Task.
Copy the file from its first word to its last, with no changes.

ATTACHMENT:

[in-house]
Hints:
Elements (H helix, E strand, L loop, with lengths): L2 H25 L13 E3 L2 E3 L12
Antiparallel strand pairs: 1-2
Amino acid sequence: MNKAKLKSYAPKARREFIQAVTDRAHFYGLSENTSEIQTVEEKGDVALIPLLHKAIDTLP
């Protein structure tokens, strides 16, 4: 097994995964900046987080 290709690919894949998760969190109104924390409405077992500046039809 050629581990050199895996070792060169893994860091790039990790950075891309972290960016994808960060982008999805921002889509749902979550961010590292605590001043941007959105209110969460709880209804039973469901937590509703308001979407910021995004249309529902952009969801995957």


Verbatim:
[in-house]
Hints:
Elements (H helix, E strand, L loop, with lengths): L2 H25 L13 E3 L2 E3 L12
Antiparallel strand pairs: 1-2
Amino acid sequence: MNKAKLKSYAPKARREFIQAVTDRAHFYGLSENTSEIQTVEEKGDVALIPLLHKAIDTLP
């Protein structure tokens, strides 16, 4: 097994995964900046987080 290709690919894949998760969190109104924390409405077992500046039809 050629581990050199895996070792060169893994860091790039990790950075891309972290960016994808960060982008999805921002889509749902979550961010590292605590001043941007959105209110969460709880209804039973469901937590509703308001979407910021995004249309529902952009969801995957």